Conflicting assessment is a possibility in a disability claim of the seafarer. However, the company designated physician’s certification stating the seafarer is fit to work prevails if the seafarer fails to follow the procedure of obtaining the second opinion or third opinion. In filing the disability claims prior to the second opinion, his action may be deemed as premature.

The Supreme Court held in the following case:

Veritas Maritime Corporation and/or Erickson Marquez vs. Ramon A. Gepanaga, Jr.
G.R. No. 206285, February 4, 2015


Gepanaga entered into a contract of employment with Veritas, for and in behalf of St. Paul Maritime Corporation, to work on board the vessel M.V. Melbourne Highway as Wiper Maintenance for six (6) months. By executing the contract of employment, the parties agreed to be bound by the provisions of Philippine Overseas Employment Administration Standard Employment Contract (POEA-SEC), as well as the IBF-JSU AMOSUP IMMAJ collective bargaining agreement (CBA). As Gepanaga was able to complete his contract with no incident, the parties mutually agreed to extend his tenure as Wiper Maintenance.

On November 28, 2008, while Gepanaga was doing maintenance work, his middle finger got caught between the cast metal piston liners of the diesel generator. He was then given first aid on board the vessel and was later brought to a hospital in Omaezaki, Japan.

In the hospital, Gepanaga was diagnosed with “open fracture of the distal phalanx, left middle finger.” He was repatriated on December 3, 2008. On December 4, 2008, Gepanaga reported right away to the clinic of Dr. Nicomedez G. Cruz (Dr. Cruz), the company-designated physician. After Gepanaga was referred to the orthopedic surgeon of his clinic, Dr. Cruz concurred in the initial findings of doctors in Japan that Gepanaga was suffering from a “[c]rushing injuring with fracture distal phalanx left middle finger.”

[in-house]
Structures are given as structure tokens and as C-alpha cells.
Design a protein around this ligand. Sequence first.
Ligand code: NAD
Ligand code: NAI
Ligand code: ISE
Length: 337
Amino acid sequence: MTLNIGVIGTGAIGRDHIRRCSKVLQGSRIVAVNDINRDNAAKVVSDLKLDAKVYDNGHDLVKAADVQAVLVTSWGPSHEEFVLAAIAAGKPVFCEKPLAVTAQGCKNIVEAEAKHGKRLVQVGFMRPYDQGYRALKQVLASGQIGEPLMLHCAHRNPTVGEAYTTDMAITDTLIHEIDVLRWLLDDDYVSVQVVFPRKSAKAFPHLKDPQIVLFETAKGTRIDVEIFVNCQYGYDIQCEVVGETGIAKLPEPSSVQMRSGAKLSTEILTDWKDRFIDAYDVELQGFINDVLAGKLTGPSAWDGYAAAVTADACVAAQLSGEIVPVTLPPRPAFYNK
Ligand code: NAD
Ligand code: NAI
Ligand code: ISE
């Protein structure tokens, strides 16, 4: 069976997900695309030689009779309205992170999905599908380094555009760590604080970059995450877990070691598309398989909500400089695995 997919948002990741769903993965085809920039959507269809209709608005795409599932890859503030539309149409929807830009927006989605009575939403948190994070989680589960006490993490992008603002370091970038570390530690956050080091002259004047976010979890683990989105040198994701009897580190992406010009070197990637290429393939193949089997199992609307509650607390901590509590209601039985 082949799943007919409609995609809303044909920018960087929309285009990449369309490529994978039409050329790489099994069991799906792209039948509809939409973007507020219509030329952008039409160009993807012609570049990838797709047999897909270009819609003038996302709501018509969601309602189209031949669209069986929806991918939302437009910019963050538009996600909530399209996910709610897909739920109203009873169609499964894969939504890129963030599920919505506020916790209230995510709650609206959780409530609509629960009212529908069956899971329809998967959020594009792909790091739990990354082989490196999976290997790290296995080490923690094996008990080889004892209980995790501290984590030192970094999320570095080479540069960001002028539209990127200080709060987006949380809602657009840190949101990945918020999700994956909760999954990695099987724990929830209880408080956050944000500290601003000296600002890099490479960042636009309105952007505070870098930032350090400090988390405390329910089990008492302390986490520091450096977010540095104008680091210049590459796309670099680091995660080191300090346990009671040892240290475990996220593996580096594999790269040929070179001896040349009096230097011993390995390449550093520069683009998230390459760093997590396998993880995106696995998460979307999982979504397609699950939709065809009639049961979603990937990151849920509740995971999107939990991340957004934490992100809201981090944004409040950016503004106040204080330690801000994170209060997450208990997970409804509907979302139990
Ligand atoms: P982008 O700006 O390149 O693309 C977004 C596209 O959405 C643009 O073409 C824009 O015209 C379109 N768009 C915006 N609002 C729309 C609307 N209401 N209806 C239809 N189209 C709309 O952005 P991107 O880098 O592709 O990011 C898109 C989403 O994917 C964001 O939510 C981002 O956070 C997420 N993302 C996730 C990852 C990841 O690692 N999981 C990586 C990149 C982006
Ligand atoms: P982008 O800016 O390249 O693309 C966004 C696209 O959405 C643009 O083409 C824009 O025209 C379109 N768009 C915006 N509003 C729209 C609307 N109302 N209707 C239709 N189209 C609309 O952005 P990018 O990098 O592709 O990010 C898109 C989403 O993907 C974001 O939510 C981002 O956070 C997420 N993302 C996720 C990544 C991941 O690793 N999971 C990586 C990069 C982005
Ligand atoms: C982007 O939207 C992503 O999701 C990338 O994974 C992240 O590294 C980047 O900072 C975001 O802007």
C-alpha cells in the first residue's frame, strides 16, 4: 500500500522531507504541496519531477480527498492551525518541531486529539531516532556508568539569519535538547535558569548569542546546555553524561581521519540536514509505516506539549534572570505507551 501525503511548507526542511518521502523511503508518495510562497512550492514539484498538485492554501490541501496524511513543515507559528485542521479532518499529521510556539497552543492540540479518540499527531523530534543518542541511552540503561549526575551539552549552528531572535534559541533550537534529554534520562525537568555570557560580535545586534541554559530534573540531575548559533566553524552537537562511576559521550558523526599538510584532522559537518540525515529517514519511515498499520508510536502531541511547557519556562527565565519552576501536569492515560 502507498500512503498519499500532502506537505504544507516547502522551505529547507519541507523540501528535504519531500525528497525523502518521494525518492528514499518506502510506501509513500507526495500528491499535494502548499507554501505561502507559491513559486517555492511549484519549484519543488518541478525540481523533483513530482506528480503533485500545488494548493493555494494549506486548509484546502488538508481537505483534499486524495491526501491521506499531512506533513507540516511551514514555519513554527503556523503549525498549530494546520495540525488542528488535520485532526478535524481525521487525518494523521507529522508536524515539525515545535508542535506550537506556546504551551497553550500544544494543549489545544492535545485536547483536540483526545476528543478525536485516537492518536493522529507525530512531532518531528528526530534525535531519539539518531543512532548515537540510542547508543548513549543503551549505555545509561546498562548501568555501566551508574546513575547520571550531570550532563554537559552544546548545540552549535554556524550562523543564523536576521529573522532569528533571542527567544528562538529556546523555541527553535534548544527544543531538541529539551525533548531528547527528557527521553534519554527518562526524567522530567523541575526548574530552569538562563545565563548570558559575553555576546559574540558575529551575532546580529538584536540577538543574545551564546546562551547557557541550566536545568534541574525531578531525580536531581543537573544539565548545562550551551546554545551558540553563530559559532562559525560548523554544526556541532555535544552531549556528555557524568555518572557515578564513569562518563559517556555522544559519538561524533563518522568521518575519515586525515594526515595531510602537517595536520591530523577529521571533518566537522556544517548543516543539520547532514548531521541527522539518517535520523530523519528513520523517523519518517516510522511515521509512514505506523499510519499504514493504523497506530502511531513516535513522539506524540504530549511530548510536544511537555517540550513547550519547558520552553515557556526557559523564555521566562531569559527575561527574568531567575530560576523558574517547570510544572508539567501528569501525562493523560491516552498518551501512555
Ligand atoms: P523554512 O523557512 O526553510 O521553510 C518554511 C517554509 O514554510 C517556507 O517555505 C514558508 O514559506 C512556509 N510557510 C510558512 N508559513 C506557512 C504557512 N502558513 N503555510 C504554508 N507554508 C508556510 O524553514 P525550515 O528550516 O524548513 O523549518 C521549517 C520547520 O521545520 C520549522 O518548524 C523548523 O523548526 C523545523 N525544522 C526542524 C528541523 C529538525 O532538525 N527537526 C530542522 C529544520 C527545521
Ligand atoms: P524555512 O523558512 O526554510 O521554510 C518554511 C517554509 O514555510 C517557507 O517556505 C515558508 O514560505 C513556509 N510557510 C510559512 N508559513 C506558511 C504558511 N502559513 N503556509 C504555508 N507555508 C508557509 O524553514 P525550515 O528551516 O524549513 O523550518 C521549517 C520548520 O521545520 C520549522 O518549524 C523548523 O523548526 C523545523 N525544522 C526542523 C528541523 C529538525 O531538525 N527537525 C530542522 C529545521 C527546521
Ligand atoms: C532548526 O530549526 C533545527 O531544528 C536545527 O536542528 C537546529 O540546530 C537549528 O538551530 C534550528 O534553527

After a series of medical treatments, Dr. Cruz noted that Gepanaga no longer suffered the pain in the affected area and that his “grip is good and functional.” Dr. Cruz thus issued his medical report declaring that Gepanaga was “cleared fit to go back to work.”

Unconvinced that he had fully recovered from his injury, Gepanaga filed a complaint against Veritas, Marquez and “K” Line Ship Management, Inc., claiming that the latter is the foreign principal of Veritas and owner of the M.V. Melbourne Highway. Several days after filing his complaint, Gepanaga sought the opinion of Dr. Edmundo A. Villa (Dr. Villa) of the Sogod District Hospital in Leyte. That same day, Dr. Villa gave his medical report finding that Gepanaga suffered from “permanent disability due to old compound fracture of the 3rdleft phalanx/middle finger-left.”